Washington, D.C. - The National Clinical Care Commission Act recently passed Congress unanimously and will now head to the President’s desk to be signed into law. The bipartisan legislation was authored by U.S. Senators Susan Collins (R-ME) and Jeanne Shaheen (D-NH), co-chairs of the Senate Diabetes Caucus, to establish a national commission of health care experts to advance diabetes care and prevention. The legislation would bring together public and private sector experts, clinical endocrinologists, and other physicians and representatives from the relevant federal agencies most involved in diabetes research and treatment to focus on improving diabetes education, care delivery, and patient outcomes.
“Families across our country know all too well the human and economic toll associated with diabetes. If present trends continue, one in three adults will have this disease in 2050,” said Senator Collins. “By bringing together public and private experts in diabetes research, our legislation would help scientists develop a strategic plan for improving care and change the trajectory of this devastating disease.”
“Diabetes is personal for many of us, and establishing a National Clinical Care Commission will play an important role in improving health outcomes for the millions of Americans with diabetes,” said Senator Shaheen. “This bipartisan legislation will ensure that the federal government is equipped to streamline and leverage investments in diabetes education, research, prevention and treatment. We must continue to push forward as we seek to reverse the human and economic toll of this disease and, hopefully, discover a cure.”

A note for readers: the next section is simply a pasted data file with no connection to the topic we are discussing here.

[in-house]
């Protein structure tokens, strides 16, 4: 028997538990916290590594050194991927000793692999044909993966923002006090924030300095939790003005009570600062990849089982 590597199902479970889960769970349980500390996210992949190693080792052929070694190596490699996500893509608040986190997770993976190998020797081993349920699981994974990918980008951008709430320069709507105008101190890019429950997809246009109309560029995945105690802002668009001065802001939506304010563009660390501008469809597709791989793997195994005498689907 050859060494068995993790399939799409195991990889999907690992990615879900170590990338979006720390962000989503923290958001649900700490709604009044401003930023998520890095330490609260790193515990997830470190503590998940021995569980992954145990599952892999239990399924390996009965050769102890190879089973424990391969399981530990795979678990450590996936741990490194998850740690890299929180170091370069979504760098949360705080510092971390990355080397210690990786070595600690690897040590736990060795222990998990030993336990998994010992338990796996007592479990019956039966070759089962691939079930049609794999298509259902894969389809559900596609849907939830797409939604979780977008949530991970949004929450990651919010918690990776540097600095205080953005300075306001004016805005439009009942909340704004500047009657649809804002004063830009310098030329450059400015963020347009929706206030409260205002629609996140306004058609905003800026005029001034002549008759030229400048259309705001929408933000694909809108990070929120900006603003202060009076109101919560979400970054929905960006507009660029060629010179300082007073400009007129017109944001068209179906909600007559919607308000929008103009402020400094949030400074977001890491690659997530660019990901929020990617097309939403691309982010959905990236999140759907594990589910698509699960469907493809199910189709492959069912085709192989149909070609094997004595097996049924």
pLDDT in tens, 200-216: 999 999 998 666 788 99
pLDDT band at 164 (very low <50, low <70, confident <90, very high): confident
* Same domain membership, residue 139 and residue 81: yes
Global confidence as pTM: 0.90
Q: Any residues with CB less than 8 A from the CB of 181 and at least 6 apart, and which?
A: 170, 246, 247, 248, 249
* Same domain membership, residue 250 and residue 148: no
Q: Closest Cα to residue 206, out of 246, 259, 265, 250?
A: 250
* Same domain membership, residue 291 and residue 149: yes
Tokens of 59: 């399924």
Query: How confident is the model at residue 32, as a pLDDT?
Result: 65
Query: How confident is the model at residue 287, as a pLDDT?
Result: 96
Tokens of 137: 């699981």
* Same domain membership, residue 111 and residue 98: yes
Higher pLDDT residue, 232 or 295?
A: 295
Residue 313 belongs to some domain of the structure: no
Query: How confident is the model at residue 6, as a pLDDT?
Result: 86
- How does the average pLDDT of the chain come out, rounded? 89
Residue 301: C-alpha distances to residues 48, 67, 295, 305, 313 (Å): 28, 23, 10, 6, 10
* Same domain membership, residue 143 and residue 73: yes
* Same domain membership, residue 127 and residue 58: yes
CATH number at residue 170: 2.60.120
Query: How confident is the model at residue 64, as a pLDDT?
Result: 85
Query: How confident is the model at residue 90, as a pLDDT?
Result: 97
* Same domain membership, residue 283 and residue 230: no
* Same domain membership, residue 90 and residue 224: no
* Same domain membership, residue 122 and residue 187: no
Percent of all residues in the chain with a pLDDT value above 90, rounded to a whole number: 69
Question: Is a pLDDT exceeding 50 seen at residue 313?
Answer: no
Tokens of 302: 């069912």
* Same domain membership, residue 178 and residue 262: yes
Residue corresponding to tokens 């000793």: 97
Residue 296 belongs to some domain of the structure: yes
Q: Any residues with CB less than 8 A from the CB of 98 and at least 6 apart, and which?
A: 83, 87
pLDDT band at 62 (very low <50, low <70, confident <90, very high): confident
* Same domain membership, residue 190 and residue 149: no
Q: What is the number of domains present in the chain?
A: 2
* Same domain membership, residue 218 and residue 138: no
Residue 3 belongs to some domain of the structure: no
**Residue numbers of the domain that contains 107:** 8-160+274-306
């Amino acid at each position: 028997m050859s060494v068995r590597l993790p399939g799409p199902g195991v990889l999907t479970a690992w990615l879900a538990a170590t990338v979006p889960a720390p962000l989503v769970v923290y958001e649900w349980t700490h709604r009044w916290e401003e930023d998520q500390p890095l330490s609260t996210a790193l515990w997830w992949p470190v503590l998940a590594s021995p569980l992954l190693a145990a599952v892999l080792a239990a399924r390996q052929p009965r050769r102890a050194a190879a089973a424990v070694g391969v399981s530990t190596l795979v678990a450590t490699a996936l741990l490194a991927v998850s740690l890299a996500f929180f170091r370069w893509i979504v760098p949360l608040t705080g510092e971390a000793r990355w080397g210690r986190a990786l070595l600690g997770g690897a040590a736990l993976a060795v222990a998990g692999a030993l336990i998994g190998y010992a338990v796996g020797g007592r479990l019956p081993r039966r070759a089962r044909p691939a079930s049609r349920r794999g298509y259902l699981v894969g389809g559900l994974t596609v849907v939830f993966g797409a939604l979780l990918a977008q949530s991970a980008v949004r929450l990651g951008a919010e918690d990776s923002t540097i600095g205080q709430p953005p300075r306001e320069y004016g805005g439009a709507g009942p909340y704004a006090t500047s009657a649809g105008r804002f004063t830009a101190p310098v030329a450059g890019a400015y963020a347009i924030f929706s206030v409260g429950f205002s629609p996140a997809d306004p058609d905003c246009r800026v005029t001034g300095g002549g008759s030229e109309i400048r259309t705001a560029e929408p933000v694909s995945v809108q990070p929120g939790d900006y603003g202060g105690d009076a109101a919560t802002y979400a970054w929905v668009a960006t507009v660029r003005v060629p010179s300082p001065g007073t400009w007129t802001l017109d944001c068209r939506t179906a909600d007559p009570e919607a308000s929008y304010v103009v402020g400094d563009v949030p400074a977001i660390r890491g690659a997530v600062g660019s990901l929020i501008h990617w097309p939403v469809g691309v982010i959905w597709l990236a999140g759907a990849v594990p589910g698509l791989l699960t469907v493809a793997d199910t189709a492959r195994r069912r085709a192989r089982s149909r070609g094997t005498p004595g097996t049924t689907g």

Specifically, the National Clinical Care Commission Act will improve the quality of diabetes care by:
- Identifying gaps where new approaches are needed to improve diabetes care and management;
- Eliminating duplication and conflicting efforts and assisting in coordination of all federal agencies;
- Leveraging the significant federal investment in research by evaluating best practices and other resources and tools for diabetes health care professionals and patients;
- Evaluating the utilization and data collection mechanisms of existing programs; and
- Providing guidance on diabetes clinical care to maximize the effectiveness of our strong federal investment on diabetes research.
Nearly 26 million Americans are afflicted with the disease and another 79 million have pre-diabetes, a condition that is known to progress to diabetes without early intervention, according to the Centers for Disease Control and Prevention (CDC). The CDC estimates that if current trends continue, one in three Americans will have diabetes by 2050. Diabetes is the seventh leading cause of death in the United States, and can lead to many other chronic diseases and conditions, such as blindness and kidney failure. As one of the most expensive chronic diseases, diabetes costs the American health care system billions of dollars each year. Overall, one in every ten health care dollars is spent on diabetes and its complications, and one in every three Medicare dollars is spent on the condition.
As co-chairs of the Senate Diabetes Caucus, Senators Collins and Shaheen have worked together to increase awareness of the threats posed by diabetes, invest in research, and improve access to treatment options.